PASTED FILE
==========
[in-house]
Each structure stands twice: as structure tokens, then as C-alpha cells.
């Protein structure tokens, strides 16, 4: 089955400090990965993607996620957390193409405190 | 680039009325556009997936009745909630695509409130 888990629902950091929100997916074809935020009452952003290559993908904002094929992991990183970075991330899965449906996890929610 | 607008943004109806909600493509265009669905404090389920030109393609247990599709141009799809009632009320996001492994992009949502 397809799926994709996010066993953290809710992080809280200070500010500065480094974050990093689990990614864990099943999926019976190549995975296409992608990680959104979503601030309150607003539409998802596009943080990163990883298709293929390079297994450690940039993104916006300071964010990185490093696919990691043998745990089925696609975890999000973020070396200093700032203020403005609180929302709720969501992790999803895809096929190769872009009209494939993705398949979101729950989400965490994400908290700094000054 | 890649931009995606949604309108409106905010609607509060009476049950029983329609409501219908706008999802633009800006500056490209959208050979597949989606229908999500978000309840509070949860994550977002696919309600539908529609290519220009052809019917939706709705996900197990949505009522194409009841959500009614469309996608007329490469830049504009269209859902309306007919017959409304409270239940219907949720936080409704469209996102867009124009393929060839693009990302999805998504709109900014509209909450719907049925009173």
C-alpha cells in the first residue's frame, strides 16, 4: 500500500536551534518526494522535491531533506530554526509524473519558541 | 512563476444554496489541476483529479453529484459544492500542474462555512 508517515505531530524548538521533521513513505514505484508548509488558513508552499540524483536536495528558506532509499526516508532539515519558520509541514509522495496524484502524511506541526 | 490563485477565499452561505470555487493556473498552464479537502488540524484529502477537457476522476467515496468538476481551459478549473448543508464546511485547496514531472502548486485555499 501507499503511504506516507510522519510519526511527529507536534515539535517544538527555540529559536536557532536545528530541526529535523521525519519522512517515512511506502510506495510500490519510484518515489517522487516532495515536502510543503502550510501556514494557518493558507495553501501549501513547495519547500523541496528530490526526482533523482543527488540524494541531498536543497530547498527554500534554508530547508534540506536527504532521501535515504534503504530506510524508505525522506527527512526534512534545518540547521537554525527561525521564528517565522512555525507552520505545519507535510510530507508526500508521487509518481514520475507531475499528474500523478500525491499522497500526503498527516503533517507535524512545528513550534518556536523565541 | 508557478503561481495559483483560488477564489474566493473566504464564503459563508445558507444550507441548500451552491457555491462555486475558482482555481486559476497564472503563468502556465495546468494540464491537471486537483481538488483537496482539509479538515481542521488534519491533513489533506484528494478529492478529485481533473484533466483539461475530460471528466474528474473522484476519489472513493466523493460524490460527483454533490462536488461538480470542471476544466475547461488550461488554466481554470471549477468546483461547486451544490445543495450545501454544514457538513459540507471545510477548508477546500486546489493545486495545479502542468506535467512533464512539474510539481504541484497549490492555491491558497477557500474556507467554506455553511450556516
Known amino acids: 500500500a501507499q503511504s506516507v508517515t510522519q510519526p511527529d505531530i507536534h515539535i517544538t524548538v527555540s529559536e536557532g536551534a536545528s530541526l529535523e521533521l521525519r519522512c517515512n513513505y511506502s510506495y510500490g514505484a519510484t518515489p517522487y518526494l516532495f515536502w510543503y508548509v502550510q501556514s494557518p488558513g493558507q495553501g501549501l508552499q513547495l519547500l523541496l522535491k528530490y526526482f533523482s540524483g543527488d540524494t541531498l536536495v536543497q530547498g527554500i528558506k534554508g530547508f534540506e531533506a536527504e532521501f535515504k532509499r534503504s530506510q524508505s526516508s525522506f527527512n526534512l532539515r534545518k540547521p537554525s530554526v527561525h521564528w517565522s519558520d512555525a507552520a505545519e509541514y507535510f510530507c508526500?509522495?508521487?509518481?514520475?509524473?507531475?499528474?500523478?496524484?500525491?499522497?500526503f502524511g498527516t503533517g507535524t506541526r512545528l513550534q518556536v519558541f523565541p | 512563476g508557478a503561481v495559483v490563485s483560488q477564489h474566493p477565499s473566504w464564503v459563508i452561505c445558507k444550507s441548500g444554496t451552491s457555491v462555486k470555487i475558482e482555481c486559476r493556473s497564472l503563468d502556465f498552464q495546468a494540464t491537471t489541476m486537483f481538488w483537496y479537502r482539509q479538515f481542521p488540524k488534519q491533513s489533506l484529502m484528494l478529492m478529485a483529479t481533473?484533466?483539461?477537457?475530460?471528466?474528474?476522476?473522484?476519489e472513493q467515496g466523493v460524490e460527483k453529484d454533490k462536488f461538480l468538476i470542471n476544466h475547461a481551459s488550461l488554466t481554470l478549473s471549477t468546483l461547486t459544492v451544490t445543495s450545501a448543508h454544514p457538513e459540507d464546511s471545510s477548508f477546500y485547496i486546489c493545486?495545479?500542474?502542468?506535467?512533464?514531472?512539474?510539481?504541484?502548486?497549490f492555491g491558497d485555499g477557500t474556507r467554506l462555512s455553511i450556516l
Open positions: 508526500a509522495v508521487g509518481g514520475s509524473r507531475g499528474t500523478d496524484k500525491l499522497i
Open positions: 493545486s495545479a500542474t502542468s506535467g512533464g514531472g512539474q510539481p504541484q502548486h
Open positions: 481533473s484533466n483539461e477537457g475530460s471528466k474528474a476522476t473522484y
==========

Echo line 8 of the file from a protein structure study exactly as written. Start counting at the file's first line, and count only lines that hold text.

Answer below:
Open positions: 481533473s484533466n483539461e477537457g475530460s471528466k474528474a476522476t473522484y